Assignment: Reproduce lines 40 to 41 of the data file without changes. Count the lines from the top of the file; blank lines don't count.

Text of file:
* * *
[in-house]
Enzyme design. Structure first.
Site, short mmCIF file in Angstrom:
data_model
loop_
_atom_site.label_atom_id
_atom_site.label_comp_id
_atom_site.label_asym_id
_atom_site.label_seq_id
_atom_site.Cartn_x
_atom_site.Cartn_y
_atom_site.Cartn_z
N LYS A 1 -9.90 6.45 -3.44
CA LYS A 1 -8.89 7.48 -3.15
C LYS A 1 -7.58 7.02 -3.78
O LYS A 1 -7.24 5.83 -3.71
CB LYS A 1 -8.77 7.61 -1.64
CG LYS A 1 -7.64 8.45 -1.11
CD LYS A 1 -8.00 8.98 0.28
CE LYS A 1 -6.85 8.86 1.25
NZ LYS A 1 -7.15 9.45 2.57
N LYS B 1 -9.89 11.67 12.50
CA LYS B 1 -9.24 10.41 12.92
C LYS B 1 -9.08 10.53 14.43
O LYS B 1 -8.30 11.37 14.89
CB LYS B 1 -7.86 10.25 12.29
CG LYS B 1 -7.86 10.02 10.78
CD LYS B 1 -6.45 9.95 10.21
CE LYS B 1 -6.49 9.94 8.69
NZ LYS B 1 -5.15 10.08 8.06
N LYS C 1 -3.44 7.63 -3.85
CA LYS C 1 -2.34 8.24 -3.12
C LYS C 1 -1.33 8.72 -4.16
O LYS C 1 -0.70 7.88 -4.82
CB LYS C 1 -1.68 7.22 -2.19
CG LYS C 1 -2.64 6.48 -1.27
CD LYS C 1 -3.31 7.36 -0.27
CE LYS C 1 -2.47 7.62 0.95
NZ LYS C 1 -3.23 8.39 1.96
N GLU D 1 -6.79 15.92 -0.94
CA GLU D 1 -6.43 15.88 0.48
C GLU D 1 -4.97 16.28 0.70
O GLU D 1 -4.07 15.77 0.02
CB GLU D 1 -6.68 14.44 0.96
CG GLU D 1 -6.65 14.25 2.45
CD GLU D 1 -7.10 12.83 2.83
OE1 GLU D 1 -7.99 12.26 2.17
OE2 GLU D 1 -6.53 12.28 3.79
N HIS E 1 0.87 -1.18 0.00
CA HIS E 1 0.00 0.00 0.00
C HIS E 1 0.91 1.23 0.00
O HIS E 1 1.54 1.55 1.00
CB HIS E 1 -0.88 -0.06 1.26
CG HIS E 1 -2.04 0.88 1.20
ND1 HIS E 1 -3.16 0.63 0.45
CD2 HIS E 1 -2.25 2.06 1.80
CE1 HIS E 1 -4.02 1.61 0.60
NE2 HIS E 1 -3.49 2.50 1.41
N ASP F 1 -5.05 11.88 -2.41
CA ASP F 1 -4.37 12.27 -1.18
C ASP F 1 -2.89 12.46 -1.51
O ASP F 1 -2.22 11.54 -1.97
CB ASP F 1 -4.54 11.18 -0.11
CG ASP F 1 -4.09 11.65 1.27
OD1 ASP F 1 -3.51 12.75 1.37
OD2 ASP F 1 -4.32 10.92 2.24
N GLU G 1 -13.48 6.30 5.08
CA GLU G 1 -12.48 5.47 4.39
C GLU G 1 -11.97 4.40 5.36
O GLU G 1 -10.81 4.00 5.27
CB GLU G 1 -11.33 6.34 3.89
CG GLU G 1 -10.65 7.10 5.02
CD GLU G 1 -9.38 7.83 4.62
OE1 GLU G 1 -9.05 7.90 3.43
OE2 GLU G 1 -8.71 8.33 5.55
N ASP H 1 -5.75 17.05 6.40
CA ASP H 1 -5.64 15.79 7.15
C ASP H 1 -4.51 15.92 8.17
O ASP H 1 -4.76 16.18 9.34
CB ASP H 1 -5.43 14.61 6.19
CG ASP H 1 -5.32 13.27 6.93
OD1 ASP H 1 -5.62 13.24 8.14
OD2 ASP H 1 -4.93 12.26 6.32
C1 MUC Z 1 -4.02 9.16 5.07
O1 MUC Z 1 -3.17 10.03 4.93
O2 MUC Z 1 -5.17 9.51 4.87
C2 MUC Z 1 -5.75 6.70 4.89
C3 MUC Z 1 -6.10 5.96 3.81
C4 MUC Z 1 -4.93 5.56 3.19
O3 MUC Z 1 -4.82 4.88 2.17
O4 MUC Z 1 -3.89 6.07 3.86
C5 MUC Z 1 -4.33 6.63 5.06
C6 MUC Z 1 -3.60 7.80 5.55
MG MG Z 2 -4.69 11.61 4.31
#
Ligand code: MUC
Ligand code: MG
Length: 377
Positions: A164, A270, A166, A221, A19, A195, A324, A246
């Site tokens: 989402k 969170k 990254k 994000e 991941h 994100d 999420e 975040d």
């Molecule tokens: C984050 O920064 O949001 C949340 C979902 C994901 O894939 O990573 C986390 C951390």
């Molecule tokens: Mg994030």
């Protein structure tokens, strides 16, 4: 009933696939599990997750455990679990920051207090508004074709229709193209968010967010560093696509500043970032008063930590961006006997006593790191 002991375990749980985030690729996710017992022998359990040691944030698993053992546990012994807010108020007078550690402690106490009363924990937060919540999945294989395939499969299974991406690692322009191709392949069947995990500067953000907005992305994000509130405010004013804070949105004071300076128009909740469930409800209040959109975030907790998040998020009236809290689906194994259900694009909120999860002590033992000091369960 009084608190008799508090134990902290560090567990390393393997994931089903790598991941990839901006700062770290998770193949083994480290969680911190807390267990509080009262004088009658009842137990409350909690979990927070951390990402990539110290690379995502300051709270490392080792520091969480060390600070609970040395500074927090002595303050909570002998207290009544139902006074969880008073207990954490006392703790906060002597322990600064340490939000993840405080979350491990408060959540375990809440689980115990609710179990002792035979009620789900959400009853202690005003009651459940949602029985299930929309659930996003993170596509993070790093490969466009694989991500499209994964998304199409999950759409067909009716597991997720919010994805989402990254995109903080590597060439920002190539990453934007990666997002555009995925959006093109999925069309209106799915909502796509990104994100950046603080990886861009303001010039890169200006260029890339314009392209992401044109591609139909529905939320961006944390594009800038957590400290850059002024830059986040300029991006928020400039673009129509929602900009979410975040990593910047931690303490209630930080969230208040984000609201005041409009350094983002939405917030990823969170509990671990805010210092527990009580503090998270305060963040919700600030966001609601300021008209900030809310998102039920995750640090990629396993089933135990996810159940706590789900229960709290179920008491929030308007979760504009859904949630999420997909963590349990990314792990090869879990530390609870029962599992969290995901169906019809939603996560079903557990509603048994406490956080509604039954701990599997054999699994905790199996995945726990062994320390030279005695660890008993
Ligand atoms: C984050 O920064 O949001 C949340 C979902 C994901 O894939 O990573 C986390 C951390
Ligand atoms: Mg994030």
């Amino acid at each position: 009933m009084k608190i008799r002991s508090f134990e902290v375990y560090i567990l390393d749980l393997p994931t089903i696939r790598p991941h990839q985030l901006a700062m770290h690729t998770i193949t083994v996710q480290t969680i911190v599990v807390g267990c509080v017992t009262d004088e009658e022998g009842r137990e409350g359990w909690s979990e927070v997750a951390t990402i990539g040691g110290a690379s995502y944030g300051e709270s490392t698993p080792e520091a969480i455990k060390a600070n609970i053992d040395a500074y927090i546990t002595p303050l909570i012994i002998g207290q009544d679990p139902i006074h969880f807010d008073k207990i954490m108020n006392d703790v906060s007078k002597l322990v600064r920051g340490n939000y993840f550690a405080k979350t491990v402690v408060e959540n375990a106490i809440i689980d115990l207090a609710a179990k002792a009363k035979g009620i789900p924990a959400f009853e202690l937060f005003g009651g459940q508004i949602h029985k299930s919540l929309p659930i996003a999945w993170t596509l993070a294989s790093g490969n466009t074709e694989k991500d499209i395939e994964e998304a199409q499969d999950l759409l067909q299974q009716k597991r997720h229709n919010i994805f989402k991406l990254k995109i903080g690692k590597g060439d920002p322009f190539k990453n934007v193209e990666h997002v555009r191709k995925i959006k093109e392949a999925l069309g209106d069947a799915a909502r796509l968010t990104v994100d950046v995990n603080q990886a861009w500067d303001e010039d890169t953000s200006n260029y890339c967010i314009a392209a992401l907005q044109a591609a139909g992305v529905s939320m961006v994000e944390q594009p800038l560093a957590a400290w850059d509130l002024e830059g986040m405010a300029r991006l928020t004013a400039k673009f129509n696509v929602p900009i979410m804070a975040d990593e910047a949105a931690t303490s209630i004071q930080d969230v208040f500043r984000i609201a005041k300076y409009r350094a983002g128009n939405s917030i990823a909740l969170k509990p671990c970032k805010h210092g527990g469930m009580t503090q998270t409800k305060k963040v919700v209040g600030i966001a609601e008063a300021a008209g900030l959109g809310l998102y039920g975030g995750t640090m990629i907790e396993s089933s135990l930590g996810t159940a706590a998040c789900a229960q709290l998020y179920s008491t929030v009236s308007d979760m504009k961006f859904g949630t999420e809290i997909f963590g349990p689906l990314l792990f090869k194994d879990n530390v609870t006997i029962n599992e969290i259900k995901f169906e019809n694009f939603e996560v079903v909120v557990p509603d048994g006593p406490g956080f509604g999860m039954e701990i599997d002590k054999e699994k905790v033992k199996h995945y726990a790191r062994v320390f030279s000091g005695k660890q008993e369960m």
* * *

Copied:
N GLU D 1 -6.79 15.92 -0.94
CA GLU D 1 -6.43 15.88 0.48